“The move from a triangle e should be a powerful thrust that breaks out of the triangle. Though Friday's action began strongly, it stalled in the afternoon leaving the wxy alternate still valid. We'll know very soon which count is invalidated … it will take an impulsive thrust above $823 next week in the front month futures contract to rule out the triangle fake out. Silver also had a strong week, moving back above $14, but failed to win back all of last week's losses. Friday's rally failed to take out the previous day's high and closed back below the 50-day sma.”
~Precious Points: Bull Trap in Gold? December 22, 2007
The post-holiday trading week finally confirmed the long-watched fourth wave triangle in gold with an impulsive post-holiday move to last week’s preliminary target, leaving last week’s caution over a potential head fake timely and appropriate though ultimately unnecessary. But is it appropriate to stay cautious for at least another week now with everyone jumping on the bullish bandwagon as they eye the juicy 32% rise in gold over 2007 and the 15% rise in silver?
From a technical standpoint, gold still has room to run, at least up to the November high and probably beyond. And last week’s breakout in gold led a strong week for all the metals, with silver getting up almost 3% for the week alone and nearly 7% for December. So, whereas the technical picture in the white metal had been pointing lower, the recent performance in tandem with gold now supports a more optimistic outlook.
The chart above shows significant resistance in silver at $15. If this level fails again next week, the first test of support will likely be at the convergence of the down trend line and the 50-day sma, about $14.60. Gold has a decidedly bullish look about it, but it will take clearing $855 before some will finally put to rest any lingering suspicions of a deeper correction. An impulse in gold beyond that level would probably be matched with silver moving through $15.50 if not $16.
If that proves to be the case, conventional wisdom has it that commodities tend to create extended fifth waves, meaning the final legs of their bullish impulses typically push further than the minimum criteria for fifth waves. Gold having just broken out of a fourth wave triangle, some are thus raising their expectations in gold to $1,000 and beyond. With the Fed expected to cut further and housing continuing to deteriorate, the argument to support these targets is compelling. And while these are certainly legitimate long term targets, it’s far from certain they will be reached directly without some further consolidation first. In fact, with some calling for a rebound in the U.S. economy in the second half of next year, and summer typically the weakest season for metals, gold and silver have their work cut out for them and little time to do it if they are to achieve the lofty goals they’re now being assigned.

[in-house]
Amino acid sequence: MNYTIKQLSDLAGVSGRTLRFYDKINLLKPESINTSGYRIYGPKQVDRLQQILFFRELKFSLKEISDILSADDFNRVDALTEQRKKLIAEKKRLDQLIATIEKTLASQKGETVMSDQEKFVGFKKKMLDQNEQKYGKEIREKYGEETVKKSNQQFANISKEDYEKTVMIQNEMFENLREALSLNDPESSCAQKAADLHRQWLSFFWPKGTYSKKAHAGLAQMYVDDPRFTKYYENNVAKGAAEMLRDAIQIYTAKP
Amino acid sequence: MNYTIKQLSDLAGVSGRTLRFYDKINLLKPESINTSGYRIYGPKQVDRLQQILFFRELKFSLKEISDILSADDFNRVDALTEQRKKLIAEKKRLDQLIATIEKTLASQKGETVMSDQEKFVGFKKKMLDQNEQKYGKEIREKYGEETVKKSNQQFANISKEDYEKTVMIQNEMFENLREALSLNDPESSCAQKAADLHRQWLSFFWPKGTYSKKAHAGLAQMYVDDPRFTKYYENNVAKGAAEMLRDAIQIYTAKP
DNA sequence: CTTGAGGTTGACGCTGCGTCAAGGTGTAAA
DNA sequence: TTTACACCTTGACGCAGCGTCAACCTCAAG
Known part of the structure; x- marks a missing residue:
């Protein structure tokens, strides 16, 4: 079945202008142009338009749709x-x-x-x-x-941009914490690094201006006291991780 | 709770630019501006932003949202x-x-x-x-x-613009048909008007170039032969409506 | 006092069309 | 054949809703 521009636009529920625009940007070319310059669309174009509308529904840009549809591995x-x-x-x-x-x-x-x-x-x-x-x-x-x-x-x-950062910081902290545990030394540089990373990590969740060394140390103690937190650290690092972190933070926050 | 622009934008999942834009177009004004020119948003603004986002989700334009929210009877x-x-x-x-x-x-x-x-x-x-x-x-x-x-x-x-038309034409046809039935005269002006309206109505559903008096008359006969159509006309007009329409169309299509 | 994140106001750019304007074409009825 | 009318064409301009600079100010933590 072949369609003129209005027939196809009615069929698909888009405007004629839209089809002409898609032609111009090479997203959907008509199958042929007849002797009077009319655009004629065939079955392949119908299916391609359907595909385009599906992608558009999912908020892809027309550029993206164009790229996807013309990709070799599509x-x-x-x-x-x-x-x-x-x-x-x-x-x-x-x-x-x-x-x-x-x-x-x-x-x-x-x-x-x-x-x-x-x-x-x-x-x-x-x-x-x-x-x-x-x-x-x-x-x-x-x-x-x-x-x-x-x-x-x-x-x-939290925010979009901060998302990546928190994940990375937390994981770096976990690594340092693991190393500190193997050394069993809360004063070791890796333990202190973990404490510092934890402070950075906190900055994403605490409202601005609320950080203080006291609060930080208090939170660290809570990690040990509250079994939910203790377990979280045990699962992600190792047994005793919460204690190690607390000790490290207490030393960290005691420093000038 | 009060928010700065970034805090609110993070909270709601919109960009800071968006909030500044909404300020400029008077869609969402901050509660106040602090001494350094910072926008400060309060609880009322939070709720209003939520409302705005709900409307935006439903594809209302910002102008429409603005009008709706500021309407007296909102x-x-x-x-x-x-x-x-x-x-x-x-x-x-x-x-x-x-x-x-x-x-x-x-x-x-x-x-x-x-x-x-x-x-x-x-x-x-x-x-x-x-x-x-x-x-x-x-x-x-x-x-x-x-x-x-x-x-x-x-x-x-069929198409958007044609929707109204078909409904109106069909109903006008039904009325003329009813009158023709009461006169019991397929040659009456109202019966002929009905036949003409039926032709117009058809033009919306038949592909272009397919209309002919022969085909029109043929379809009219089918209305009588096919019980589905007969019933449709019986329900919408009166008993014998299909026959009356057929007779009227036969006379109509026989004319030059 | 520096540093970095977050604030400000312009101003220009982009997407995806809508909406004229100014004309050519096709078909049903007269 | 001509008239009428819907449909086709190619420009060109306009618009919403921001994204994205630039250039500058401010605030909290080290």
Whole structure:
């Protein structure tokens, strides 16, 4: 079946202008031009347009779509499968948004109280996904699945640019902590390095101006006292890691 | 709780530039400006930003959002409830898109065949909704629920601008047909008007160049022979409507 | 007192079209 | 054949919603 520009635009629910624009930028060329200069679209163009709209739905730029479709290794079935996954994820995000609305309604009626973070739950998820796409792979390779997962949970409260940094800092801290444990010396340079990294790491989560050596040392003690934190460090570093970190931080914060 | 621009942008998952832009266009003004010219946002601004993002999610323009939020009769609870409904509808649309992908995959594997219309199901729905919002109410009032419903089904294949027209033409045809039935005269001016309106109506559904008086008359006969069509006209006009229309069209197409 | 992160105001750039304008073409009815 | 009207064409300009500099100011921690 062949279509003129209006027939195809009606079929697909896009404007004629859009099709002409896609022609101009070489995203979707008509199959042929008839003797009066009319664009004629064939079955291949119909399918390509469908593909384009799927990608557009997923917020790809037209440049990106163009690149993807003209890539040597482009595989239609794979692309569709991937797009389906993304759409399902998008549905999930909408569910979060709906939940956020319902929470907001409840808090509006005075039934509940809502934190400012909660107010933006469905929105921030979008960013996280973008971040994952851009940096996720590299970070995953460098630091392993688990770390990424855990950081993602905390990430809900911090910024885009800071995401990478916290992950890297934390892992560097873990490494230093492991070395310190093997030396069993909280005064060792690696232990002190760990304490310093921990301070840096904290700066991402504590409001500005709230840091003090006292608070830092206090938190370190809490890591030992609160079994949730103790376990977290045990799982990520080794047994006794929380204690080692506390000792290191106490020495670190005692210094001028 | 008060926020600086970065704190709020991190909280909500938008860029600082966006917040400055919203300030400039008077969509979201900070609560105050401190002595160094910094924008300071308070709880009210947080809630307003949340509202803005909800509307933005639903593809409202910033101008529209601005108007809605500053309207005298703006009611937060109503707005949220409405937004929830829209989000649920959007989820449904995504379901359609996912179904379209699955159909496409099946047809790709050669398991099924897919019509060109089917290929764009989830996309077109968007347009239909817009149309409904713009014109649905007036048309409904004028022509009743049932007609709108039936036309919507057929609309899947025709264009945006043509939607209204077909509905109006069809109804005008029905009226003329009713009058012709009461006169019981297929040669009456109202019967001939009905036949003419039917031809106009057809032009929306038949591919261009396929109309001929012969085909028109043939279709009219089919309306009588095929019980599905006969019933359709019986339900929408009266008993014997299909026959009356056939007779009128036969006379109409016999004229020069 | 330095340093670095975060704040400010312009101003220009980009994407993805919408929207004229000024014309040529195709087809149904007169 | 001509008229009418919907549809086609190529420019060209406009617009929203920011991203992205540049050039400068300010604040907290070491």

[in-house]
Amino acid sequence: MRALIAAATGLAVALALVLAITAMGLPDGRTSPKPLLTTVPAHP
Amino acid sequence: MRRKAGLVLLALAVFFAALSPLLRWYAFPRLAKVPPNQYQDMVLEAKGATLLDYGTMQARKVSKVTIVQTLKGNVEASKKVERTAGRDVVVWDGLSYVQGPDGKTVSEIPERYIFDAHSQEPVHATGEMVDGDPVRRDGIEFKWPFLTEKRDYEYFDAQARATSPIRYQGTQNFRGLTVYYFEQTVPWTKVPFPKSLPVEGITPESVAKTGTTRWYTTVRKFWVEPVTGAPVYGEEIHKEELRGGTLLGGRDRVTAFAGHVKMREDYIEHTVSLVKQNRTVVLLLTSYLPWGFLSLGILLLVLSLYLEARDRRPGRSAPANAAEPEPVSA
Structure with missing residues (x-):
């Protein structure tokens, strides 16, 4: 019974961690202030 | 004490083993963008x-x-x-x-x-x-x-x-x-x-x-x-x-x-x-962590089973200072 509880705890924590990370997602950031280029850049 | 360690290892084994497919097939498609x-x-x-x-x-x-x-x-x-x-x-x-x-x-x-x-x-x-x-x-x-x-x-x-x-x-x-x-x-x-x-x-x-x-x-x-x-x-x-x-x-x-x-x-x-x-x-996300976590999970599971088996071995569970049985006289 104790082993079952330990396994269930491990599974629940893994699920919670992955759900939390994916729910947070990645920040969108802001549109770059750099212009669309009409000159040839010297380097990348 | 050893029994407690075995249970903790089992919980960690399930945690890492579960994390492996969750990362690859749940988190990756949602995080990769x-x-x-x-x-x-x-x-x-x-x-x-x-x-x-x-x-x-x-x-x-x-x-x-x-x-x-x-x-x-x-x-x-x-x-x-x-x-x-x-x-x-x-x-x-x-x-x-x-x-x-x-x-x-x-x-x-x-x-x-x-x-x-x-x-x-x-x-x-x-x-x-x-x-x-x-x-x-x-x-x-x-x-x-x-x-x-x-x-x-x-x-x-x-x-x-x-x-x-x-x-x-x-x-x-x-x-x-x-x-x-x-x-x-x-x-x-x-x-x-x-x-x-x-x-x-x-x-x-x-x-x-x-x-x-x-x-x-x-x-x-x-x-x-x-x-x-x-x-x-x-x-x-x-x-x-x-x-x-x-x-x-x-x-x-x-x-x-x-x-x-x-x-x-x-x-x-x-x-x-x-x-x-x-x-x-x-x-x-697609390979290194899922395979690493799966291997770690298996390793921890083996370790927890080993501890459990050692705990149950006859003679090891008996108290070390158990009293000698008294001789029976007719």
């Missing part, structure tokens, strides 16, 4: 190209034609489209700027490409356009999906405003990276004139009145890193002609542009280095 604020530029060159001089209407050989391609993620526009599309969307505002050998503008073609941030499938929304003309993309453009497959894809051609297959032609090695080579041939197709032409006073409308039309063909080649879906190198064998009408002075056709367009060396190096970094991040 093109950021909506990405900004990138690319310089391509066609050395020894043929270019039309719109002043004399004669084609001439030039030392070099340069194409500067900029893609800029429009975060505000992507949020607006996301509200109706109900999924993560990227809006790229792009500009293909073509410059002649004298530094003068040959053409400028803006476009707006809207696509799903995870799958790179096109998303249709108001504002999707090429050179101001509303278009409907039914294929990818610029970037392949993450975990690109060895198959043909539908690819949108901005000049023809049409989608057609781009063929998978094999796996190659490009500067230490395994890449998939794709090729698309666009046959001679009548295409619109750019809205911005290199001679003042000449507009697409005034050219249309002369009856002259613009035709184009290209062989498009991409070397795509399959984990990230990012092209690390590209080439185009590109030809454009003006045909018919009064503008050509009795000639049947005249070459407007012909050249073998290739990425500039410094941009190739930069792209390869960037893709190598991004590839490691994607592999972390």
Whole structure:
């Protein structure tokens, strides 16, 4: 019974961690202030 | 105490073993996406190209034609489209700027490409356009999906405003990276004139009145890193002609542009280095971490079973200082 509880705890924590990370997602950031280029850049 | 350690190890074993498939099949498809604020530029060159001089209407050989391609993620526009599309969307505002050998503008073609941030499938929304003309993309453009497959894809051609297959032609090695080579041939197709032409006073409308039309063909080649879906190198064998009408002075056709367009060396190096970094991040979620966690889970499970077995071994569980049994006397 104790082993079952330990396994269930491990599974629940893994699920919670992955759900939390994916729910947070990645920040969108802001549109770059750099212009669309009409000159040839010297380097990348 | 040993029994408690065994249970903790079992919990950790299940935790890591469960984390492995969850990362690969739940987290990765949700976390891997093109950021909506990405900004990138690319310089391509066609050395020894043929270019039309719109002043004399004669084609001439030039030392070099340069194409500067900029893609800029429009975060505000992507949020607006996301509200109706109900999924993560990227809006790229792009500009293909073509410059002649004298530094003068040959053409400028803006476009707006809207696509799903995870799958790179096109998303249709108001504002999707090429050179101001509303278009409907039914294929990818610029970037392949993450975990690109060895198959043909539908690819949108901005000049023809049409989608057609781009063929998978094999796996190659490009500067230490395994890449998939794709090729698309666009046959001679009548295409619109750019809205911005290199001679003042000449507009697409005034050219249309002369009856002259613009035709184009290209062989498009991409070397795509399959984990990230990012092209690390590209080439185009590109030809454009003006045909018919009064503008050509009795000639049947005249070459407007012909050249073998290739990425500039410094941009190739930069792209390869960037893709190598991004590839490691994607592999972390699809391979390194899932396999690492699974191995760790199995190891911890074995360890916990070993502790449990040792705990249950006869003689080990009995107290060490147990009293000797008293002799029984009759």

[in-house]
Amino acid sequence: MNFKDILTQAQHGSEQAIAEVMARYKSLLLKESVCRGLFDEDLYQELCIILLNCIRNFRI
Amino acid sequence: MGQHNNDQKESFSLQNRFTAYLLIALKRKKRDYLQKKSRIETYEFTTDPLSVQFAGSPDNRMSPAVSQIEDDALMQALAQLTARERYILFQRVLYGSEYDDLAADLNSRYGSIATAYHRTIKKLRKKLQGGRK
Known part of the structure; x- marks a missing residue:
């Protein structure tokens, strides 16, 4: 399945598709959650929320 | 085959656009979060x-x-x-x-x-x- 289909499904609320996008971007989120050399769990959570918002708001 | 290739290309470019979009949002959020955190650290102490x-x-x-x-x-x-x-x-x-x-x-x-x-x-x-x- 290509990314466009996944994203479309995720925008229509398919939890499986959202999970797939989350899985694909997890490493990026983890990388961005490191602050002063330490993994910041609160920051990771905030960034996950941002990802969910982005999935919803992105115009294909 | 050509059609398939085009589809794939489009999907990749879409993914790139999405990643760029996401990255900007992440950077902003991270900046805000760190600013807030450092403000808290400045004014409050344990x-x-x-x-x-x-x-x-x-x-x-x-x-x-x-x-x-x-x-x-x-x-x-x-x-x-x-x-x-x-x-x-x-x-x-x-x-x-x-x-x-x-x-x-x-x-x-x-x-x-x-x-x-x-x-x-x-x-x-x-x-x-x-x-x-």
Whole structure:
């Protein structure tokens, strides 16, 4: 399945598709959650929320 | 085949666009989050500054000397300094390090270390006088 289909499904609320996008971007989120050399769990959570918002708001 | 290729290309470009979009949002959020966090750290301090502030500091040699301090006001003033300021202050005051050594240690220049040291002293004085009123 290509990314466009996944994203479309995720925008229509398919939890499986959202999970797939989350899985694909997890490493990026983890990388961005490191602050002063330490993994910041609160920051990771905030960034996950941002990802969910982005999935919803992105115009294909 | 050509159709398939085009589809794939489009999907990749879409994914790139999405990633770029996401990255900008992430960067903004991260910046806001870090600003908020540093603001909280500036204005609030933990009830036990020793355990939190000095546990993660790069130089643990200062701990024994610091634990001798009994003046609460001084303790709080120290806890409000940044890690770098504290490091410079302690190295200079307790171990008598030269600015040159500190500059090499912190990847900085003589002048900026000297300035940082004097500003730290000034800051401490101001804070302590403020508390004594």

A more near term consideration for metals, though, is the tendency for currencies to stage trend reversals around the start of the new year. Clearly 2007 saw the dollar in a downtrend and, while many are not as bold as to predict much further recovery in the near term, there is still the possibility of getting positive retail news or some other such catalyst as to start a steady trend higher in the greenback come January.
Beyond that, we have a Fed that is likely nearer the end of its policy accommodations than the beginning. As mentioned here previously, the executive branch has stepped in to take some of the mortgage market and general economy burden from Bernanke’s shoulders, leaving him to focus more specifically on inflation and other long term considerations. Failing another acute credit market freeze, the fundamentals pulling down the dollar and prompting rate cuts are not likely to prompt the parabolic spike in metals some may now be anticipating.
Or perhaps just as likely is that we will experience some geopolitical turmoil or financial calamity that compounds with the bullish charts in the metals to create a perfect storm. But wherever the current impulse takes us, after that comes a fall. This is not to say necessarily the end of the bull market or even a catastrophic sell-off – depending on the strength of the rally from here, gold and silver may never again fall to prices seen just last month! With a timeframe extending out to the second quarter of 2008, gold can be expected to reach record highs, but the fate of the housing market, the economy at large, and other exogenous factors may still determine the extent of that move.
So it’s probably premature to say $1,000 gold is a sure thing, at least next month. Remember that 2006 ended with an impressive December rally only to see precious metals hammered at the start of January. And gold at least is further extended in its current move than in December 2006. If last week’s signal was the triangle in gold, then this week’s might be silver at $15. Also watch the dollar. There certainly seems to be some very good times ahead for holders of precious metals, but let’s just keep our wits about us and our eyes on the indicators before we go blindly assuming this is the big one.
Joe Nicholson (oroborean) www.tradingthecharts.com This update is provided as general information and is not an investment recommendation. TTC accepts no liability whatsoever for any losses resulting from action taken based on the contents of its charts, commentaries, or price data. Securities and commodities markets involve inherent risk and not all positions are suitable for each individual. Check with your licensed financial advisor or broker prior to taking any action.